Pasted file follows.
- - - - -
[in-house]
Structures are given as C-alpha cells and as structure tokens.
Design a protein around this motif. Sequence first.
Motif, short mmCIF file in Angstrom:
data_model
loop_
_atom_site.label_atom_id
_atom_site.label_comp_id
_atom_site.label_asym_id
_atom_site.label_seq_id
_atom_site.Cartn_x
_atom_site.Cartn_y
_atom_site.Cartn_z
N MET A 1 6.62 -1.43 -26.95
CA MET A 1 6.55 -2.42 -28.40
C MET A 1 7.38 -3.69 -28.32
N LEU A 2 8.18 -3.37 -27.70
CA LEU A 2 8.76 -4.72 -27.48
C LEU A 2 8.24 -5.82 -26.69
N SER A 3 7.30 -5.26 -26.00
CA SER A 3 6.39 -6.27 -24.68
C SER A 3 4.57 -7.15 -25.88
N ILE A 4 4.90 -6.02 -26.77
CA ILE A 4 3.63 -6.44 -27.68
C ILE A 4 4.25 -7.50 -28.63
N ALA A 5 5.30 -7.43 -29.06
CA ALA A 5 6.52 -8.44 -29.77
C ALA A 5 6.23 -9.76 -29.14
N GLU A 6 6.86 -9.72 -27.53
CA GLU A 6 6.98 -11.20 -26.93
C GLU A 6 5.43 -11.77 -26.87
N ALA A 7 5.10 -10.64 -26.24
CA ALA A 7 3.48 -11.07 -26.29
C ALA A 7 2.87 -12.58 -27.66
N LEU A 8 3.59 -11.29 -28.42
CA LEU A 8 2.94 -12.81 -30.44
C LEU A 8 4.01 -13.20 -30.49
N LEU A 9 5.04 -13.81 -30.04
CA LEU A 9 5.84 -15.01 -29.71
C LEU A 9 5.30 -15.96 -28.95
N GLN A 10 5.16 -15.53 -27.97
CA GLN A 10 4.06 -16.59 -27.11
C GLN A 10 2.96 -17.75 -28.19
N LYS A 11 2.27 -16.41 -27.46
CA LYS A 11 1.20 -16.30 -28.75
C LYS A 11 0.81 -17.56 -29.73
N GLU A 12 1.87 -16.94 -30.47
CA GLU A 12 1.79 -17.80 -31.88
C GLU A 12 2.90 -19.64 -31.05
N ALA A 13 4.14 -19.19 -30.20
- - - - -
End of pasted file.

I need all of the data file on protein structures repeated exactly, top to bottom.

[in-house]
Structures are given as C-alpha cells and as structure tokens.
Design a protein around this motif. Sequence first.
Motif, short mmCIF file in Angstrom:
data_model
loop_
_atom_site.label_atom_id
_atom_site.label_comp_id
_atom_site.label_asym_id
_atom_site.label_seq_id
_atom_site.Cartn_x
_atom_site.Cartn_y
_atom_site.Cartn_z
N MET A 1 6.62 -1.43 -26.95
CA MET A 1 6.55 -2.42 -28.40
C MET A 1 7.38 -3.69 -28.32
N LEU A 2 8.18 -3.37 -27.70
CA LEU A 2 8.76 -4.72 -27.48
C LEU A 2 8.24 -5.82 -26.69
N SER A 3 7.30 -5.26 -26.00
CA SER A 3 6.39 -6.27 -24.68
C SER A 3 4.57 -7.15 -25.88
N ILE A 4 4.90 -6.02 -26.77
CA ILE A 4 3.63 -6.44 -27.68
C ILE A 4 4.25 -7.50 -28.63
N ALA A 5 5.30 -7.43 -29.06
CA ALA A 5 6.52 -8.44 -29.77
C ALA A 5 6.23 -9.76 -29.14
N GLU A 6 6.86 -9.72 -27.53
CA GLU A 6 6.98 -11.20 -26.93
C GLU A 6 5.43 -11.77 -26.87
N ALA A 7 5.10 -10.64 -26.24
CA ALA A 7 3.48 -11.07 -26.29
C ALA A 7 2.87 -12.58 -27.66
N LEU A 8 3.59 -11.29 -28.42
CA LEU A 8 2.94 -12.81 -30.44
C LEU A 8 4.01 -13.20 -30.49
N LEU A 9 5.04 -13.81 -30.04
CA LEU A 9 5.84 -15.01 -29.71
C LEU A 9 5.30 -15.96 -28.95
N GLN A 10 5.16 -15.53 -27.97
CA GLN A 10 4.06 -16.59 -27.11
C GLN A 10 2.96 -17.75 -28.19
N LYS A 11 2.27 -16.41 -27.46
CA LYS A 11 1.20 -16.30 -28.75
C LYS A 11 0.81 -17.56 -29.73
N GLU A 12 1.87 -16.94 -30.47
CA GLU A 12 1.79 -17.80 -31.88
C GLU A 12 2.90 -19.64 -31.05
N ALA A 13 4.14 -19.19 -30.20